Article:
Above is my basic desktop layout.
- Notice on the left I have Nautilus File Manager, it has tabs for the directories I am using. It is also showing the Mercurial Version Control status of my project files. This is done with the Mercurial integration into Nautilus called tortoiseHg. With this I can manage Mercurial from within Nautilus. From here I can open Go files to edit or to run, or I can graphically show the difference between any 2 files.
- Next over you see one instance of gEdit, here showing documentation from the ‘godocs’ utility that has been called from inside gEdit with 1 keystroke. Notice the syntax highlighting with the documentation and multiple tabs.
- Next you see some popups. One shows a graphed version of the Mercurial log and the other the status of the last Build. Both of these were run from within gEdit with 1 keystroke.
- At the right, is my main edit instance of gEdit. Note that you can have the same document open in multiple instances of gEdit, I think a better option than a split screen. gEdit will coordinate the update status of both instances.
From within gEdit I have :
- syntax highlighting
- block commenting
- block indents
- snippets for code inserting
- bracket matching
- automatic indentation
- an embedded terminal
- saved sessions
- a side file pane
- tear off tabs (an undocumented gEdit feature)
I can also with 1 keystroke:
- Build Go Code, with pop up or Meld Graphical Diff viewer for errors
- With gEdit 2.30.4, you can jump directly to to code errors from links in the bottom pane. See GoBuild.
- Run Go Code
- Format Go Code, with pop up or Meld Graphical Diff viewer for errors
- Display Go Package Documentation
For Mercurial Version Control 1 keystroke for:
- Graph Log
- Show difference between current edit and the last commit with Meld Graphical diff viewer
These are just some of the things you can do to customize gEdit. The Chapters on this site document how to do much of this.
Gedit is a light weight text editor that comes with the Linux Gnome Desktop Manager from the Gnome Project. As you can see from the above, gEdit it can be configured to be a quite full featured IDE. The purpose of this article is to give some ideas for using Gedit as an IDE (Integrated Development Environment) for the new Google language Go. For information about other editor options see links page.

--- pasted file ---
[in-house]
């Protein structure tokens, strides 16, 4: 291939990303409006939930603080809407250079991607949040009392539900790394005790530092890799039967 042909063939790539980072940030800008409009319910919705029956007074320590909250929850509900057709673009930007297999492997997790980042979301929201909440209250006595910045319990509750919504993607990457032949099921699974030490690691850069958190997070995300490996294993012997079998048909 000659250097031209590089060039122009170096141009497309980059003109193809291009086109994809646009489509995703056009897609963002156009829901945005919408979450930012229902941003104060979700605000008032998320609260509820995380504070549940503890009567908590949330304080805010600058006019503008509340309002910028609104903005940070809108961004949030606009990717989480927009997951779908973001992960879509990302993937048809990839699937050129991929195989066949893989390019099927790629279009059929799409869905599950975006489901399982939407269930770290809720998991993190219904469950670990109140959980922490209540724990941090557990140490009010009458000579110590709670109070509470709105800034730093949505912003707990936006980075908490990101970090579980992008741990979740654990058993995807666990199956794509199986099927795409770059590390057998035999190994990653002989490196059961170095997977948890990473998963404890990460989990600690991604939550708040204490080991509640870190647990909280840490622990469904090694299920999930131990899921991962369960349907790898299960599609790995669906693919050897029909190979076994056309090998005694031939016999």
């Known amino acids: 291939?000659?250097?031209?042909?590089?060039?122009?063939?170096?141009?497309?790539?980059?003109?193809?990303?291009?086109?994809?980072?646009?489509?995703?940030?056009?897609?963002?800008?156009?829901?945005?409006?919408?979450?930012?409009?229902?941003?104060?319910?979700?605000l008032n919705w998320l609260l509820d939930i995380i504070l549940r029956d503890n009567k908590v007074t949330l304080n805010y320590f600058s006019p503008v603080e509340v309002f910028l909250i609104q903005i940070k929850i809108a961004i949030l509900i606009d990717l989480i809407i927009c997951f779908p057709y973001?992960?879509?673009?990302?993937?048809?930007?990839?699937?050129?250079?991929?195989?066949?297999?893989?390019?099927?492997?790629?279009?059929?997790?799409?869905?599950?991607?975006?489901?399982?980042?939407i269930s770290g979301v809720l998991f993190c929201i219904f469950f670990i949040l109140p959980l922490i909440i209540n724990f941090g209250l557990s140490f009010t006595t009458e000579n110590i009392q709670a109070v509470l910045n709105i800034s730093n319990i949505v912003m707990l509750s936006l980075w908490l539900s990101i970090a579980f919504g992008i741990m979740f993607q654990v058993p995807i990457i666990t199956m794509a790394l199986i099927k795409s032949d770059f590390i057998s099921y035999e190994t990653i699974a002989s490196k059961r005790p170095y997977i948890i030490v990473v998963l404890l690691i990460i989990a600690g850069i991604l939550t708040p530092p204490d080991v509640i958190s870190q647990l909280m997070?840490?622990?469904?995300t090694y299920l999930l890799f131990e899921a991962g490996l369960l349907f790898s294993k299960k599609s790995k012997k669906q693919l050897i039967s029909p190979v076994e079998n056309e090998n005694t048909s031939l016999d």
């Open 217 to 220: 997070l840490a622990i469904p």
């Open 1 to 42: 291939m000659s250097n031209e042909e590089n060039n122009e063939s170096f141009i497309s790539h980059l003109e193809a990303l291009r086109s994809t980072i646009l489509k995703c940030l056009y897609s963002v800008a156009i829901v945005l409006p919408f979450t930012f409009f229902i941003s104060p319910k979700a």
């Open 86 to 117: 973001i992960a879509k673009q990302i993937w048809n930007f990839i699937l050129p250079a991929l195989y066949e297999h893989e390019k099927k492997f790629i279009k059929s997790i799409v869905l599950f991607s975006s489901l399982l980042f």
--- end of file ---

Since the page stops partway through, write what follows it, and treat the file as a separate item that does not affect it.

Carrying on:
This is a work in progress that I am continuing to enhance. Expand upon these ideas and feel free to Post a Comment with new ideas. I cover the following:
- Gedit Basic Settings
- Gedit Plugins
- Gedit Syntax Highlighting
- Gedit External Tools
- Go Format
- Go Build
- Go Run
- Go Doc
- Mercurial Version Control
Assumptions and Conventions
I run Ubuntu Linux 9.10 64 bit, but these techniques should work with Gedit on any Linux Gnome system. I assume that you have some knowledge of Linux, including directories (folders), permissions, the environment, and simple shell scripting. I try to write the shell scripts simply without nesting or shortcuts and with plenty of comments.
I assume that you have successfully installed and set up Go and written, compiled and run the obligatory “Hello World” program. On my links page you will see sources that can help with these things. When I use the term File Manager, I am using Gnome’s Nautilus (on Ubuntu, that is what you get when you click Places). I try to give examples using both the GUI and Gnome Terminal.
I recommend that you set your environment variables in ‘$HOME/.profile‘ to save yourself a lot of grief using non-interactive shell sessions. Some of the scripts I have created use ‘tmp’ files. I try to clean them up after use, but, I personally prefer to have a ‘$HOME/MyTemp‘ directory to keep things from getting cluttered, just in case. The scripts look for an environment variable ‘MyTemp‘ with a path to a temp directory (ie. export MyTemp=$HOME/MyTemp), if not set, they will use the current document directory. See the Chapter Installation Notes.
For ease of getting stated, I follow the procedures outlined in the Go tutorial and other Go documentation. For example, I am using the 6g, 6l (8g, 8l) compiler and having all working files in one directory. Your project directory can be where ever you wish, Go will find what it needs following the environment variables.
If something isn’t working, check the normal culprits.
- Did I type something incorrectly?
- Is my PATH variable set correctly in my environment? Open a terminal and type “env”.
- Are my Go environment variables set and in scope? GOOS, GOARCH, GOROOT.
- Are file permissions properly set? If a file needs to execute, it it set to executable?
- You are free to use the ideas and code in this article as you wish. However, I make no representation that they are good for anything. Use at your own risk.
- If you wish to quote this article, you can do so under “fair use”. This content on this site is licensed under Creative Commons Attribution 3.0, please link back and give this article credit.
This content on this site is licensed under Creative Commons Attribution 3.0